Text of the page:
# When Indicators Go Both Ways

Measuring and gaging are two fairly distinct forms of dimensional inspection. Measuring is a direct-reading process, in which the instrument incorporates a continuous scale of units, against which the part is compared directly.

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Measuring and gaging are two fairly distinct forms of dimensional inspection. Measuring is a direct-reading process, in which the instrument incorporates a continuous scale of units, against which the part is compared directly. Examples of measuring instruments include steel rules, Vernier calipers, and micrometers.

Gaging is an indirect-reading process, in which the instrument is first set to a standard or master, then the part is compared to that setting (usually defined as zero). This is usually done because the measuring capacity of the gage (that is, the size of the workpiece it can accommodate) is greater than the measuring capacity of the indicating device (that is, its range). Gaging instruments include snap gages, bore gages, height and ID/OD comparators, and many others.

There is also a class of instruments that go both ways, blurring the distinction between gaging and measuring. (Hey Gage, take a walk on the wild side . . .) These are instruments with indicating devices whose range is equal to or greater than the capacity of the gage. Instruments with long-range indicators can perform both direct and indirect measurements.

If zero is set at the reference surface on which the workpiece rests, the indicating unit will measure the part directly and display its actual dimension on its scale. Alternately, zero may be set against a master, in which case the instrument becomes an indirect-reading or comparative gage, and displays part size as deviation (plus or minus) from a pre-set value.

Long-range dial indicators that can be used in these "either-or" applications have existed for decades. Although they are familiar and reliable, long-range dial indicators are not easy to read. Workers often make errors when trying to interpret the rather complicated display, which, in addition to the main dial, includes one or two revolution counters rotating in opposite directions.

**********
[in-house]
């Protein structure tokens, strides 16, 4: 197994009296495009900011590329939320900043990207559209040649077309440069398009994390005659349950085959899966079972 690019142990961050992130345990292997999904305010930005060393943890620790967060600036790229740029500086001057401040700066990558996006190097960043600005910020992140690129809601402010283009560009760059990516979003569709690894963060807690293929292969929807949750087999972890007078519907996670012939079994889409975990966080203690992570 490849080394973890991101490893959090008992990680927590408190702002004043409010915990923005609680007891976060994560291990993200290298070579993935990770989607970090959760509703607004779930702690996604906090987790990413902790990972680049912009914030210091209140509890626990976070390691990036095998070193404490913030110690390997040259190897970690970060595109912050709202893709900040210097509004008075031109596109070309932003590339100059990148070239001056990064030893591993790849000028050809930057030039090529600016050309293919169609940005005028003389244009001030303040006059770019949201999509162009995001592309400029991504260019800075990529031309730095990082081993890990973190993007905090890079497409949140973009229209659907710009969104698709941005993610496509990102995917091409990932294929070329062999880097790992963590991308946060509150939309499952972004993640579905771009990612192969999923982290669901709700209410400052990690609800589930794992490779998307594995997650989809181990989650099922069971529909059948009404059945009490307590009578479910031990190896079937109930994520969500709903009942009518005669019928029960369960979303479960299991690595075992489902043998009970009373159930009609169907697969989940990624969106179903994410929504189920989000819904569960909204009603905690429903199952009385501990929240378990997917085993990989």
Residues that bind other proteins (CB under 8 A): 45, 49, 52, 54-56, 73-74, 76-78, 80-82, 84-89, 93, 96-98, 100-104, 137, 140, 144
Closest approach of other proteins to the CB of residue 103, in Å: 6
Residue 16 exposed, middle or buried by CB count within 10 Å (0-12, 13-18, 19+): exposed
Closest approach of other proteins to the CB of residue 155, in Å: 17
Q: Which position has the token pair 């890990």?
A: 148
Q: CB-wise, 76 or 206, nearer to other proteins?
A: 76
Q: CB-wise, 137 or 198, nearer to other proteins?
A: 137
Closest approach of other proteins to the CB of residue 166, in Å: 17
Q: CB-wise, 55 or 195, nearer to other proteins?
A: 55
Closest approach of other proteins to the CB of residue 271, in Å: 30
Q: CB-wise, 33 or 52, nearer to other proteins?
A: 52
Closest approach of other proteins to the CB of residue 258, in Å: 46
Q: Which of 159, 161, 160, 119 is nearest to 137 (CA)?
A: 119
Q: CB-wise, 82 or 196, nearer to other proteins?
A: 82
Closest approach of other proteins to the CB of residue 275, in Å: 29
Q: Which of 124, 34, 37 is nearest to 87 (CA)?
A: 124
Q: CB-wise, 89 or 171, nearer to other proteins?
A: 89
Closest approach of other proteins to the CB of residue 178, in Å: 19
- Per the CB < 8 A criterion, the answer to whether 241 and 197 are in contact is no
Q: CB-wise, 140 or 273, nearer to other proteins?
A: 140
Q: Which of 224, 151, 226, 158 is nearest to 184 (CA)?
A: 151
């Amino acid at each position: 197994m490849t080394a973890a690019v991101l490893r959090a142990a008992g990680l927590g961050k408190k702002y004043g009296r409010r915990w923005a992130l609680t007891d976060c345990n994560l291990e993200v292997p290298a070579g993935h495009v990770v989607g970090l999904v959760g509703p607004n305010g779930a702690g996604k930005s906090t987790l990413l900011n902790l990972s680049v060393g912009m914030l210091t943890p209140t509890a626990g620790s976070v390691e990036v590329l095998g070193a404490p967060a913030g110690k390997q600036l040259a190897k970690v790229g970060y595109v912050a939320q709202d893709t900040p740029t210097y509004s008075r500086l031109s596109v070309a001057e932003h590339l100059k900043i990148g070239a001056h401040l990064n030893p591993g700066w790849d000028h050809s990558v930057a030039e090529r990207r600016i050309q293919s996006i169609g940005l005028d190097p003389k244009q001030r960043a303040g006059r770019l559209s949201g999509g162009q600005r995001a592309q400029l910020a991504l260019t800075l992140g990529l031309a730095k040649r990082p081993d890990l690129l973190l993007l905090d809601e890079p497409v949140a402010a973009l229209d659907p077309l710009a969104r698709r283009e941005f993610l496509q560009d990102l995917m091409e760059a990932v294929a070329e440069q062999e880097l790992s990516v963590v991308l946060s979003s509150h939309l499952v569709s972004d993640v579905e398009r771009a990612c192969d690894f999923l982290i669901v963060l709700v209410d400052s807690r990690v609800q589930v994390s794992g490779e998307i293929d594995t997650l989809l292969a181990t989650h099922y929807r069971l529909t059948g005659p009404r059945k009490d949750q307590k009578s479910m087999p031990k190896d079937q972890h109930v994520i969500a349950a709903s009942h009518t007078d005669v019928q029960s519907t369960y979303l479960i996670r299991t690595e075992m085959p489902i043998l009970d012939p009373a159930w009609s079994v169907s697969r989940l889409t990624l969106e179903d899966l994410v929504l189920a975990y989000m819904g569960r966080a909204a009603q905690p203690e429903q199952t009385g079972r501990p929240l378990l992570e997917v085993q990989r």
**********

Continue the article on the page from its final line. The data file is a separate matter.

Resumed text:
A recent development is the long-range electronic indicator, with a digital display that eliminates the readability problem of dial indicators. Long-range digital indicators typically have measurement ranges of one-half inch/12 mm or oneinch/25 mm, and resolution of 50 microinches/O.OO1 mm.

They are invariably equipped with lifting levers so that the contact point may be easily raised and lowered. In comparison, long-range dial indicators have ranges from one-half inch/12 mm to three inches/75 mm or more, but resolution is rarely better than 0.0001 -inch/0.0025 mm, and sometimes as coarse as O.O1O-inch/ 0.25 mm.

Long-range indicators are typically used on portable thickness gages or bench height/thickness stands. The portable gage provides flexibility for measuring a variety of parts anywhere in the shop, including parts on machines before, in the midst of, and after, major stock removal, and multiple dimensions on the same part. Likewise, a bench gage like that shown in the photo can measure whole families of parts or multiple dimensions on the same part, including thickness, shoulder heights, depths, and outside diameters. Both types of gages offer potential time savings (from the elimination of mastering and setup changes) and cost savings (because one gage does the work of many).

Rules for the use of portable, long-range thickness gages mirror those for snap gages. Make sure the lower or fixed reference anvil is held firmly and squarely against the work, and do not allow the weight of the gage to bear on the sensitive contact. Aside from that, most gages equipped with long-range digital indicators are easy to work with, and highly adaptable.

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